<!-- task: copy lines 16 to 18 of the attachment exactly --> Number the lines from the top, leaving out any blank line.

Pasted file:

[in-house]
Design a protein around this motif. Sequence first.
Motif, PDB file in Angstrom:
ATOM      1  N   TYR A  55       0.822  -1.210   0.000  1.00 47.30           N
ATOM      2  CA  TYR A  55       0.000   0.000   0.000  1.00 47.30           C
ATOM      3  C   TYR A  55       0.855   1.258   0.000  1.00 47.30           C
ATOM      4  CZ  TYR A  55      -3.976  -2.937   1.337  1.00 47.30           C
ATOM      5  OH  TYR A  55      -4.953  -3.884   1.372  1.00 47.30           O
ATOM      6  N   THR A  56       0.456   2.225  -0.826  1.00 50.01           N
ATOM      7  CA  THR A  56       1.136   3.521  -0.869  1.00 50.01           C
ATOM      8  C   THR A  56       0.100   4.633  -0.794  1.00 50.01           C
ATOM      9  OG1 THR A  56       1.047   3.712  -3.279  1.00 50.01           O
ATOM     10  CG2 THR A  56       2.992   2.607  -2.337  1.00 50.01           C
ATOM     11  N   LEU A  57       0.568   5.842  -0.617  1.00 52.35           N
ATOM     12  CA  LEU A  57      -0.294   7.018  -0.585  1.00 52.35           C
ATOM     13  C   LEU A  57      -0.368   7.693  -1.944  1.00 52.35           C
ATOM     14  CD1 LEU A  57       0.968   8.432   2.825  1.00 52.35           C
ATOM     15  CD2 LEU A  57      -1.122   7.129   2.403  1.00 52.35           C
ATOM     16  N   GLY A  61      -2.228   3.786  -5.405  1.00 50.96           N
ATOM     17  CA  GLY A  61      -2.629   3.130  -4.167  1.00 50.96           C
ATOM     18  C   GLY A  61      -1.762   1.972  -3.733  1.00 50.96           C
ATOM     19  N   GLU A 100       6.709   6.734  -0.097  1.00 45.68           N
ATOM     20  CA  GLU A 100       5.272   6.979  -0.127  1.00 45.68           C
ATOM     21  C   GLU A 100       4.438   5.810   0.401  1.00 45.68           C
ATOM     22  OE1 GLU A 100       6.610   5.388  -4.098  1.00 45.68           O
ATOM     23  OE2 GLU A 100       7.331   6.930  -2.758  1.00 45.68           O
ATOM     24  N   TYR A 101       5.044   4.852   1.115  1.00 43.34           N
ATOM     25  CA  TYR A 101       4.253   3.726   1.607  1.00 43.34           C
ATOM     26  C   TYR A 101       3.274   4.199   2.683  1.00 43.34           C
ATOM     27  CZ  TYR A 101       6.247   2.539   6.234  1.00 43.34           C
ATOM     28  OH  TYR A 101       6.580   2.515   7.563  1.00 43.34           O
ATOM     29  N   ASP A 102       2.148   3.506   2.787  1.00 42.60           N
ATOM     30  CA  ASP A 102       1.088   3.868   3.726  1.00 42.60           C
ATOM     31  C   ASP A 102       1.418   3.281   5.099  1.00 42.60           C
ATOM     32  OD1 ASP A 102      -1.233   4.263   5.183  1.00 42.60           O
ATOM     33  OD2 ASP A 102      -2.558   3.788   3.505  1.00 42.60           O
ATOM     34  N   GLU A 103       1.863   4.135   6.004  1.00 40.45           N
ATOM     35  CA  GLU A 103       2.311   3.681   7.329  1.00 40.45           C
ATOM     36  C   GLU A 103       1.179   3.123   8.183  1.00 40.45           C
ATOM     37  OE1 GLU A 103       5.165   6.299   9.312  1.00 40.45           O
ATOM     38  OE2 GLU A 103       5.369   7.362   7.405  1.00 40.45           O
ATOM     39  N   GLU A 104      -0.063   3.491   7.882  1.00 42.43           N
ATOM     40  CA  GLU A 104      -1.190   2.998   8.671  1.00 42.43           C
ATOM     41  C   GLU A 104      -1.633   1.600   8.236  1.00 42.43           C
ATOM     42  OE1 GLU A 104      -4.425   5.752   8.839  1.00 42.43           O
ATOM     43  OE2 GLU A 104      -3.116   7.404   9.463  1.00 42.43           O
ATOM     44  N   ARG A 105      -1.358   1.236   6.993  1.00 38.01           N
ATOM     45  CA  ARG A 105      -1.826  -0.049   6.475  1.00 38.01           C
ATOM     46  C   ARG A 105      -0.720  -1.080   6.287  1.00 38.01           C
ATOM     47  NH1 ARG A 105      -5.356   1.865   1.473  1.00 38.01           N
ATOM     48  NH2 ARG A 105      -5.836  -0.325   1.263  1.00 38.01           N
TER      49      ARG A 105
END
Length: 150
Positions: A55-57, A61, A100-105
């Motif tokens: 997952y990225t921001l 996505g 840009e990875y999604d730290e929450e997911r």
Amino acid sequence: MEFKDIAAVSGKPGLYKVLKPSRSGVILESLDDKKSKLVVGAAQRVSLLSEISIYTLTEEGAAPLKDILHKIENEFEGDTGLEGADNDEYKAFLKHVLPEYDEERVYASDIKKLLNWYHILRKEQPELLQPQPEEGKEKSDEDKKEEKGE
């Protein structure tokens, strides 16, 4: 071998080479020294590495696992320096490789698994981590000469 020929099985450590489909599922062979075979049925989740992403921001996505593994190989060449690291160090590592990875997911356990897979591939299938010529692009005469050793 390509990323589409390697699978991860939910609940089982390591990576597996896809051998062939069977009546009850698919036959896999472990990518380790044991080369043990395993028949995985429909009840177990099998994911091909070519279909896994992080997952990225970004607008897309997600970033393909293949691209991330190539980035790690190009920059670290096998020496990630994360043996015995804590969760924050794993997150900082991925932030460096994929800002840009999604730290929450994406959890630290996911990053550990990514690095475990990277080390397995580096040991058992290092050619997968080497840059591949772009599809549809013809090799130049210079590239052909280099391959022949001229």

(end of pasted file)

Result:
ATOM     13  C   LEU A  57      -0.368   7.693  -1.944  1.00 52.35           C
ATOM     14  CD1 LEU A  57       0.968   8.432   2.825  1.00 52.35           C
ATOM     15  CD2 LEU A  57      -1.122   7.129   2.403  1.00 52.35           C